The main research interests of the lab focus on molecular mechanisms altering the spatial and temporal dynamics of intracellular Ca2+ signaling and their physiological and pathophysiological consequences. Local and global Ca2+ signals control pathways ranging from exocytosis, sensory signalling, transcription factor activation, proliferation amongst others. Changes in the intracellular Ca2+ concentration thus must be finely tuned both in time and space to ensure specificity of signalling cascades.
We are interested in the regulation of calcium selective ion channels on a molecular, cellular and also systemic physiological and pathophysiological level. All cells are tightly regulated by changes in the intracellular Ca2+ concentration. Especially, but not exclusive for immune cells, one Ca2+ entry route is through highly selective ion channels formed by ORAI proteins in the plasma membrane which are directly activated (gated) by interactions with the Endoplasmatic Reticulum (ER) Ca2+-sensor, STIM1, upon ER Ca2+ depletion and formation of specialized membrane contact sites. Although critical for immune cells, STIM and ORAI proteins are ubiquitously expressed and especially STIM proteins exist in many flavors due to cell type specific alternative splicing. We want to understand these cell type specific roles and also find out how dysregulated signaling affects human pathologies, such as neurodegenerative diseases but also chronic kidney and heart disease.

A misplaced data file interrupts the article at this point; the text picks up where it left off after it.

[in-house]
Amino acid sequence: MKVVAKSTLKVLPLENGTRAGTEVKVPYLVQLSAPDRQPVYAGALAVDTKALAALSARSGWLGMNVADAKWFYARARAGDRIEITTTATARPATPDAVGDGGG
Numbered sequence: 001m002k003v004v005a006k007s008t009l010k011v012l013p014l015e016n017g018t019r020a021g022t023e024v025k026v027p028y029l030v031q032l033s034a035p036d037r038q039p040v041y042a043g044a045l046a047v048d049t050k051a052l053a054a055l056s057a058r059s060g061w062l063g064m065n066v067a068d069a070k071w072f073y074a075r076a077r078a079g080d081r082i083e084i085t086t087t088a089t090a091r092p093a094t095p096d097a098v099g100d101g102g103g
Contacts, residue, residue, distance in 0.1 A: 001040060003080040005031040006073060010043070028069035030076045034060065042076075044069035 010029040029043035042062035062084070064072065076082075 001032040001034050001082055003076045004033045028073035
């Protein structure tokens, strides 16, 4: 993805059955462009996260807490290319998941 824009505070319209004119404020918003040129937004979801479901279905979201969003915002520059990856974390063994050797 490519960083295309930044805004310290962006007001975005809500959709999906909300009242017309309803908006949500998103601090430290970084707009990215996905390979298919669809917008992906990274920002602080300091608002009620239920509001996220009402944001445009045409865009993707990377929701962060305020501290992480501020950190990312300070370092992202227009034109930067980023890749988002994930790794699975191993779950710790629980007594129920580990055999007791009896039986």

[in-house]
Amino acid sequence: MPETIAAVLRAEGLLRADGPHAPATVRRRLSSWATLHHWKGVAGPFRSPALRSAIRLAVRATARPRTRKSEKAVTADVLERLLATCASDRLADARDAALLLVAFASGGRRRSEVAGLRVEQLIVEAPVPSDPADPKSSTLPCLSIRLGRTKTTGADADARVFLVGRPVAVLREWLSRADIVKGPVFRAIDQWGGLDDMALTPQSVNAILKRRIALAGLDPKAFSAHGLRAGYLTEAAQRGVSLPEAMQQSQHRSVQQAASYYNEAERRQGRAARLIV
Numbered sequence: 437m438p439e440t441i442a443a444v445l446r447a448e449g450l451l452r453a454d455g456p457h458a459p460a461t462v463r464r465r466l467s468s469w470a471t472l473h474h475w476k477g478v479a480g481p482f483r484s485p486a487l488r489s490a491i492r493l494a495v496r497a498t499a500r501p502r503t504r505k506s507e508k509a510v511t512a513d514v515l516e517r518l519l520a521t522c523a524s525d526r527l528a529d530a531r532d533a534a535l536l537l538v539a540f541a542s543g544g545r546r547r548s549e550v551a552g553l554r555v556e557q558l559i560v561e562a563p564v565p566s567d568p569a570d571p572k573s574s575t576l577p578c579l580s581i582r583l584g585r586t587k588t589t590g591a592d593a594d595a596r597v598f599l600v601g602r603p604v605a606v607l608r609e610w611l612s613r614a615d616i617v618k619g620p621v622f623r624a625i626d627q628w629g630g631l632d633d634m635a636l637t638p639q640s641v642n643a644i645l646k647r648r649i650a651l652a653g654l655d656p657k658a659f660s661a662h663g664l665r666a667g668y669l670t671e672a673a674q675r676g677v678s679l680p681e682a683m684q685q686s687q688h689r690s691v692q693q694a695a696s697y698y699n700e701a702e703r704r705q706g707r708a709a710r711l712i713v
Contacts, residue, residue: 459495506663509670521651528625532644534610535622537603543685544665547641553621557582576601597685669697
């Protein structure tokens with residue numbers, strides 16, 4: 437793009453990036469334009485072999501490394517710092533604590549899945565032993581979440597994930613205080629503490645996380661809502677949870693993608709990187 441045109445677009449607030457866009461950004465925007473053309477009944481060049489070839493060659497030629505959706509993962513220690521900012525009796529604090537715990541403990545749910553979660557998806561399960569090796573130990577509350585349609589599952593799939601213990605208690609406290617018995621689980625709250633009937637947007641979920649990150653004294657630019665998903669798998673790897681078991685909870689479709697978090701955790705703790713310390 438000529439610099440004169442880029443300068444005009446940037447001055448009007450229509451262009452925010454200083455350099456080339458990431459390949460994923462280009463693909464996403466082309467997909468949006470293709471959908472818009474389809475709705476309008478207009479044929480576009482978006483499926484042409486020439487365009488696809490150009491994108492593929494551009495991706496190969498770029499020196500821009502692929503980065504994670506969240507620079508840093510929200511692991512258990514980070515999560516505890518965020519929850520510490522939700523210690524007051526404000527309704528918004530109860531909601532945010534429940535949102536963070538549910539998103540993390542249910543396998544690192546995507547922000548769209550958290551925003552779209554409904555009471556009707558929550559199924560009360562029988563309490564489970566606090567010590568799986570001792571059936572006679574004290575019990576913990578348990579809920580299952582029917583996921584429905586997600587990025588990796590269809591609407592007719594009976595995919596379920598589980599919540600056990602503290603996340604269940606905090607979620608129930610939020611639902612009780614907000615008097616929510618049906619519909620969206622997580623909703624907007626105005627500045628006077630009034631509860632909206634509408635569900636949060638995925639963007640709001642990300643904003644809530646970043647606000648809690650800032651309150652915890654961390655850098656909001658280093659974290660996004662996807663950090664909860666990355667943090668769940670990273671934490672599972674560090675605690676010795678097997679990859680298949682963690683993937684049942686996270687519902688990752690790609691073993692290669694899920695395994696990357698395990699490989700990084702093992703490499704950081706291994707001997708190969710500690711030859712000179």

- How are ORAI and STIM proteins regulated on a molecular level, by their environment and by other intracellular signaling cascades?
- How do splice variants affect the physiology of a given cell type or organ?
Besides research on STIM and ORAI, we are collaborating with clinical groups to decipher the role of Ca2+ entry, ion channels and reactive oxygen species (ROS) in the pathogenesis of chronic kidney disease with associated cardiovascular complications. Details can be found on the site of Dr. Dalia Alansary.
(Hover over or click on images to learn more about the methods we use)